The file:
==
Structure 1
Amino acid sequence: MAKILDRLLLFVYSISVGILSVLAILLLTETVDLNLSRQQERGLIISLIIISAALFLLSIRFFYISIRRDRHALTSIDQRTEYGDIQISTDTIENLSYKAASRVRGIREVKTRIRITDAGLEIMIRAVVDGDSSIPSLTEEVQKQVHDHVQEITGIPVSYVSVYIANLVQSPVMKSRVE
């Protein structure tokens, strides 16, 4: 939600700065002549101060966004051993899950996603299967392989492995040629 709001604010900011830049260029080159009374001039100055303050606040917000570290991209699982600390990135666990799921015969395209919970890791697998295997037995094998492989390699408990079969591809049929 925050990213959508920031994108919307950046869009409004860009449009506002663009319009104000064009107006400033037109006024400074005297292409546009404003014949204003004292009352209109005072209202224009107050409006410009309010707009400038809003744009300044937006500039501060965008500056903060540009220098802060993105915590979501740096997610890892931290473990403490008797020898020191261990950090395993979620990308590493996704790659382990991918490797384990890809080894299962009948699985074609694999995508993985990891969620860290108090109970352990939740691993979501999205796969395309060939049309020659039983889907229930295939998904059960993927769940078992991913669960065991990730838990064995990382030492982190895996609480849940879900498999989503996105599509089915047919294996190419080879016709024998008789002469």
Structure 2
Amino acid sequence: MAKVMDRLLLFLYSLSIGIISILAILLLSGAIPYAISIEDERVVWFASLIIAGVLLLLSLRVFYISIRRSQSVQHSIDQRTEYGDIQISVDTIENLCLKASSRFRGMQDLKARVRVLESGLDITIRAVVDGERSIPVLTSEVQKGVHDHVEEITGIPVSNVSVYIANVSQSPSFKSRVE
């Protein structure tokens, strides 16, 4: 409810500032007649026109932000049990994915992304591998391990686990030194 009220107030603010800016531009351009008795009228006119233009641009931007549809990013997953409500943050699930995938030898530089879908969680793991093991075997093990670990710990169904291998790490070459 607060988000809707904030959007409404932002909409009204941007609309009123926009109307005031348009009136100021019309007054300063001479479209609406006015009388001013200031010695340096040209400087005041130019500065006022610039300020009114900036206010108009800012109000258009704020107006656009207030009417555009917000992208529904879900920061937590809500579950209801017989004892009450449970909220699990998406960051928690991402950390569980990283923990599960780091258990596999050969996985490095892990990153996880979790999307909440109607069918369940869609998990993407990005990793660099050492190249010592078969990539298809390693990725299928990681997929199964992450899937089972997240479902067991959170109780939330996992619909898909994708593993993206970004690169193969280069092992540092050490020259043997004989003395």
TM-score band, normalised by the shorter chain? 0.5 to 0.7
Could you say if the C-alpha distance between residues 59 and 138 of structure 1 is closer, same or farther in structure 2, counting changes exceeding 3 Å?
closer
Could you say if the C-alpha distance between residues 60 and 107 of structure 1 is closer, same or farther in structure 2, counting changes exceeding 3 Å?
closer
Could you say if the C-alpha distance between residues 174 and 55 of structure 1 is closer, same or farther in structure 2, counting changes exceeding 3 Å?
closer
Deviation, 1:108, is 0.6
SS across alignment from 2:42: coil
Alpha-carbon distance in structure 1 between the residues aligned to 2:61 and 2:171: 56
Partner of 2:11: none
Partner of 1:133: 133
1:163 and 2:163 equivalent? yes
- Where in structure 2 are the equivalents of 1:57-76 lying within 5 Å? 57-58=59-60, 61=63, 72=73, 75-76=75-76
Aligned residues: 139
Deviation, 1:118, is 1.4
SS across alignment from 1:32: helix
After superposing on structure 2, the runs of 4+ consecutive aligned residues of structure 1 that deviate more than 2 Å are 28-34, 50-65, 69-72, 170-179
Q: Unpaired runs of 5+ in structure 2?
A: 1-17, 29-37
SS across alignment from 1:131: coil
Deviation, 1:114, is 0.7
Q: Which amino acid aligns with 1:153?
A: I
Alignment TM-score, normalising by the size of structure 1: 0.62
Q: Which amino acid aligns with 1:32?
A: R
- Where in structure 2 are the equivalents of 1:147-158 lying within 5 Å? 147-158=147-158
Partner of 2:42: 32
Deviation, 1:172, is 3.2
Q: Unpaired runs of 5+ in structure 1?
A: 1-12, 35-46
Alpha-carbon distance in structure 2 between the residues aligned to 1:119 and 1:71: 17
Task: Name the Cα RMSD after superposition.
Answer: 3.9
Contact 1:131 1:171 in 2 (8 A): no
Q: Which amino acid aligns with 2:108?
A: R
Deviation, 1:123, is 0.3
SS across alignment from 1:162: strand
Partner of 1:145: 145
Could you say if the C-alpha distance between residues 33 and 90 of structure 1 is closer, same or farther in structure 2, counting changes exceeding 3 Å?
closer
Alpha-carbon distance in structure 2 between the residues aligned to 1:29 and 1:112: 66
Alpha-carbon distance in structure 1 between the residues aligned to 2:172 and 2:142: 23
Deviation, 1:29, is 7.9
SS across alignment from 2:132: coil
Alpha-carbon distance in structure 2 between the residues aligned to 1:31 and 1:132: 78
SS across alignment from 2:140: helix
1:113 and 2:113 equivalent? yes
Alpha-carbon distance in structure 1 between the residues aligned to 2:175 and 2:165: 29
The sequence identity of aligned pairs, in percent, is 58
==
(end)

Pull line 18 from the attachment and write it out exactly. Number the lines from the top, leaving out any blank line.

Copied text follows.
Partner of 1:133: 133